At the June 9, 1999 hearing, the court described its preliminary view of the legal framework for analyzing the Speedy Trial Act issue. The court stated that it seemed that while ordinarily a civil detention does not trigger the Speedy Trial Act, where the detention is used to further a criminal investigation based on the same offense, the Speedy Trial Act's 30-day limit begins running at the time of the INS arrest. The court suggested that the INS has an obligation to act with all deliberate speed to deport a detained alien from the United States. The Speedy Trial Act, therefore, may be triggered by an INS arrest whenever the INS detains an alien longer than is necessary to facilitate deportation in order to develop an indictable case for the same conduct.

The court continued the hearing to June 17, 1999 to permit the government to present witnesses from the INS who could testify concerning the issues that the court identified as relevant. However, at the June 17, 1999 hearing, rather than continuing it's opposition to the defendant's motion, the government moved for leave to dismiss the indictments with prejudice. For the reasons stated below, the government's motion has been allowed.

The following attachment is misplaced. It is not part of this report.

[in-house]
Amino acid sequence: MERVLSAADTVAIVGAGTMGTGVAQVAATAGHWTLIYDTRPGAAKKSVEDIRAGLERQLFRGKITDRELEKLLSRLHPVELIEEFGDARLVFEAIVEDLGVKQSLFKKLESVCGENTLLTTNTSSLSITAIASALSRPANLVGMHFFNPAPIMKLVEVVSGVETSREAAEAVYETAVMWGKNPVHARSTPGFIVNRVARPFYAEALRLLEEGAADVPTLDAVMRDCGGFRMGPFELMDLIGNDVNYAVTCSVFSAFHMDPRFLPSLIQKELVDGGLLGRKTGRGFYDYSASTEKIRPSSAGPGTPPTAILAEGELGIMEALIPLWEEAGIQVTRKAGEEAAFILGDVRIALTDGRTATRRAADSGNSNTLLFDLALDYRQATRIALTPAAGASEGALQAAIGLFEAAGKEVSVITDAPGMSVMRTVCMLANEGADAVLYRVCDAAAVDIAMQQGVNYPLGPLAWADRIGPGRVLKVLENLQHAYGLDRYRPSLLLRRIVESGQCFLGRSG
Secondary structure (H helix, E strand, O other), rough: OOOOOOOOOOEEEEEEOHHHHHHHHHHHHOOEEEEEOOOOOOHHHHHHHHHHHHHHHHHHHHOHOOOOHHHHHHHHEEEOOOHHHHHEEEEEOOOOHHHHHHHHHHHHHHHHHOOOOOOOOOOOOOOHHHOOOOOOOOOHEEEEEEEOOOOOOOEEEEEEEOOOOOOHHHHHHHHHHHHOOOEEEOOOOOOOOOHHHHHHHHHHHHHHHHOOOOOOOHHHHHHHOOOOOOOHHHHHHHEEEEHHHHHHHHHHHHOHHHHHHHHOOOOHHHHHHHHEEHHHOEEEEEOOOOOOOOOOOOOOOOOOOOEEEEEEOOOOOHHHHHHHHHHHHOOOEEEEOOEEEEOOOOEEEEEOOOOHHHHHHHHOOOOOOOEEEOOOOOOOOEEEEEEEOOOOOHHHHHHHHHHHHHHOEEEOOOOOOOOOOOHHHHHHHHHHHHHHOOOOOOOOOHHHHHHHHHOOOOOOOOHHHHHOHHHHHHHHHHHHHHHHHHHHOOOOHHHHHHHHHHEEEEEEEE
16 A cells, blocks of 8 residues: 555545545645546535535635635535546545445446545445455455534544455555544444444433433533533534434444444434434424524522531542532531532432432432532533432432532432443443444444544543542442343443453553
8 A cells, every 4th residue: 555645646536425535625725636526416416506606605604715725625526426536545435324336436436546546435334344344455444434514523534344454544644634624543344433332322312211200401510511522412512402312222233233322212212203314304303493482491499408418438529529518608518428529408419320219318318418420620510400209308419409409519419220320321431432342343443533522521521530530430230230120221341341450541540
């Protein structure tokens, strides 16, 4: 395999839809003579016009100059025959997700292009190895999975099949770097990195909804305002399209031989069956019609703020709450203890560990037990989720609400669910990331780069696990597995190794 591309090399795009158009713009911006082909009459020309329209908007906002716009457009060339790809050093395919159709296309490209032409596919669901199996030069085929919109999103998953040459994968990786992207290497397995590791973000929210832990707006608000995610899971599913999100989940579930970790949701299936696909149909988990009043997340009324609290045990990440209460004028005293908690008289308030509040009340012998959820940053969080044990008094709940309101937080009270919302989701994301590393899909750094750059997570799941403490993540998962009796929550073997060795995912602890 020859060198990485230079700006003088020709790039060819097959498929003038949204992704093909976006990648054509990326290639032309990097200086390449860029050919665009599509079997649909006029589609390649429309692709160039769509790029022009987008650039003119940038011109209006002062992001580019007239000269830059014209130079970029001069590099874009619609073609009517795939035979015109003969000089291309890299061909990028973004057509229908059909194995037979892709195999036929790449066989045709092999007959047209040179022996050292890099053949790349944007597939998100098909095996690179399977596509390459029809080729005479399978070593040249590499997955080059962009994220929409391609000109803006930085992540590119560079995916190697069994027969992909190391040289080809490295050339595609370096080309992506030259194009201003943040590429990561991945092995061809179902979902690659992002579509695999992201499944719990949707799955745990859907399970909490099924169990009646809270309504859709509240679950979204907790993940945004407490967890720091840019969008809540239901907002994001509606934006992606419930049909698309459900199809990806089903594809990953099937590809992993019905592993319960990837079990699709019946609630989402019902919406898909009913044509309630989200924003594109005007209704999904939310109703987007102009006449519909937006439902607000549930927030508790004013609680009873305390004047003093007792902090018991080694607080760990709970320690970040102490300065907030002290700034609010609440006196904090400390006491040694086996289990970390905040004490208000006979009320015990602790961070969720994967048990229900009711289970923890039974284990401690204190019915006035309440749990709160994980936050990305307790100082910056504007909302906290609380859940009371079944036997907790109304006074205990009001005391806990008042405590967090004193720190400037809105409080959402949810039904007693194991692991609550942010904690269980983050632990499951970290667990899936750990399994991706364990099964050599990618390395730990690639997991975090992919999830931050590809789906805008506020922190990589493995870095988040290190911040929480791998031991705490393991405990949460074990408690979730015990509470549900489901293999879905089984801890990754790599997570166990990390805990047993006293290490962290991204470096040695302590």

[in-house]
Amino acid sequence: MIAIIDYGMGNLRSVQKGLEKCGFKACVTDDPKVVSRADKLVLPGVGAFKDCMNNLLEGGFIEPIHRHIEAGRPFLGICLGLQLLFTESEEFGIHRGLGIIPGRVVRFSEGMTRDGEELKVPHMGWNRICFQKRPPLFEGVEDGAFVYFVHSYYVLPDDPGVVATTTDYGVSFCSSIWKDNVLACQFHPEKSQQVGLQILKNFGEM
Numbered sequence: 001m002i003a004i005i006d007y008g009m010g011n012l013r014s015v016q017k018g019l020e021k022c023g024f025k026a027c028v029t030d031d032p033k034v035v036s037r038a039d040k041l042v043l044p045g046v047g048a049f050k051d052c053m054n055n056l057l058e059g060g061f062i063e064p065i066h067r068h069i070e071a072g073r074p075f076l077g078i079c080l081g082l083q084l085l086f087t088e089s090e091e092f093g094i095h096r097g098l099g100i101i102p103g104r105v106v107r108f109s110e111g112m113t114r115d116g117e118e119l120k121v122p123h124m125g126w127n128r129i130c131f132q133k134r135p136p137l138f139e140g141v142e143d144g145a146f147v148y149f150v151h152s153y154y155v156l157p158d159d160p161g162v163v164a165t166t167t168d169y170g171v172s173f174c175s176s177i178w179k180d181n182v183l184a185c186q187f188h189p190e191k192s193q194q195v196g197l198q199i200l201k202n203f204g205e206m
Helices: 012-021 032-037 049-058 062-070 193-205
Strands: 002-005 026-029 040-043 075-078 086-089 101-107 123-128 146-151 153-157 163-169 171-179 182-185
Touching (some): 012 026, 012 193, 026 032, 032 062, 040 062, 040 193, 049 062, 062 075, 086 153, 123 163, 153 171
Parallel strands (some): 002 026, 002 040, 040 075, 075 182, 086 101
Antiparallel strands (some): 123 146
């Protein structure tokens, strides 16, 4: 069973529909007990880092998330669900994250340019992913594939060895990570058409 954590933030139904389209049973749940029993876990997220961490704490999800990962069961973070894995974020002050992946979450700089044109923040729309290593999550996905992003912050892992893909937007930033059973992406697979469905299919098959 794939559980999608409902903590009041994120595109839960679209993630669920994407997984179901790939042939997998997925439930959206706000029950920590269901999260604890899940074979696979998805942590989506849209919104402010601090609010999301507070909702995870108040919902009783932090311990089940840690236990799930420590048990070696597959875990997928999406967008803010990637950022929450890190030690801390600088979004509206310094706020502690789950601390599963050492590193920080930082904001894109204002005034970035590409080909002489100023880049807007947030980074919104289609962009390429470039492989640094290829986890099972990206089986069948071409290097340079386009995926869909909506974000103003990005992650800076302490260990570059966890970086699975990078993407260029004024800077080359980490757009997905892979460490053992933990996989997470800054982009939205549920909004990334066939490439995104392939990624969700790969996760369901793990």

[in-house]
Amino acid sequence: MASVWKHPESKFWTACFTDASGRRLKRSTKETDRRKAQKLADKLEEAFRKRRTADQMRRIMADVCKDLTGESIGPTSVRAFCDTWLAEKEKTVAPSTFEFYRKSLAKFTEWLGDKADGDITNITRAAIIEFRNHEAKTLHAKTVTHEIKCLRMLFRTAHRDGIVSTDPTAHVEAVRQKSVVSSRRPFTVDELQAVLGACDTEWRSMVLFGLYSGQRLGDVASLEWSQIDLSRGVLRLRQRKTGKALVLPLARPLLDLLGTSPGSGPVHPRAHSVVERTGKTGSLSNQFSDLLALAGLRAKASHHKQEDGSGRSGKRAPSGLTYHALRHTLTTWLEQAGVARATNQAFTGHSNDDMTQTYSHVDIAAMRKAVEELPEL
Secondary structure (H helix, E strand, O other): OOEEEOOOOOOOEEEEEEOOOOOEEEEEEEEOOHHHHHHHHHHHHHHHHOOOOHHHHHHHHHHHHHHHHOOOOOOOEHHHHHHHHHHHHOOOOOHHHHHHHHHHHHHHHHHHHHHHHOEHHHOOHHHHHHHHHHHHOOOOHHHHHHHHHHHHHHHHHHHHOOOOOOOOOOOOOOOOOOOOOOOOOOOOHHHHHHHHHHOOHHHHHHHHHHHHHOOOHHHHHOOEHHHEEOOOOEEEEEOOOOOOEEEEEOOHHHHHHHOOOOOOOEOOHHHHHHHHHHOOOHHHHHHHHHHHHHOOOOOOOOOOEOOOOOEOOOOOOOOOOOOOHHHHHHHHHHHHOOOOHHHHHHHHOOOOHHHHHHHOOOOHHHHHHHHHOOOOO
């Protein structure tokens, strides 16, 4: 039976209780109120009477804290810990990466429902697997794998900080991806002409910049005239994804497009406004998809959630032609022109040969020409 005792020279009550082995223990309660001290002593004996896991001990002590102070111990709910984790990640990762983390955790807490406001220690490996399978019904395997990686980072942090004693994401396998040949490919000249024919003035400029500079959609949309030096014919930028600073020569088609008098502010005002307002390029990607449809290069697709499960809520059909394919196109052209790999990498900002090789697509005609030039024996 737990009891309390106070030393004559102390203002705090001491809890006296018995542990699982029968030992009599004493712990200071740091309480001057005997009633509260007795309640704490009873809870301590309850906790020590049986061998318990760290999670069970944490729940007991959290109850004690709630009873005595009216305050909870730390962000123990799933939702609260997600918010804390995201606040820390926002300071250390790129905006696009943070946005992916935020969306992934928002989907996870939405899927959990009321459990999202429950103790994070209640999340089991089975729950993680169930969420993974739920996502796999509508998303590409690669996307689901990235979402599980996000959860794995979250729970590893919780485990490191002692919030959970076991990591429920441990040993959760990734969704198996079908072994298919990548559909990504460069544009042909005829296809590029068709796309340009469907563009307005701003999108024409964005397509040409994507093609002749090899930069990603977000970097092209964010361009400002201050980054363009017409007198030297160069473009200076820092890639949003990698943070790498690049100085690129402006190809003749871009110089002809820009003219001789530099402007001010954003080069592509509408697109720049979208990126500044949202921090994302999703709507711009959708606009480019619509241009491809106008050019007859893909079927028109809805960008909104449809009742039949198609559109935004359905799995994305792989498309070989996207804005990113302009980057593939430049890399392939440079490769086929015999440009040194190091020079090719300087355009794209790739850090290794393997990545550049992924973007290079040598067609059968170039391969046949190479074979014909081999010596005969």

I. FACTS

On May 15, 1997, the defendant was deported from the United States to Colombia. Affidavit of Special Agent Ronald MacAllister ("MacAllister Aff.") at ¶ 6; Warrant of Deportation, Ex. A of Criminal Complaint.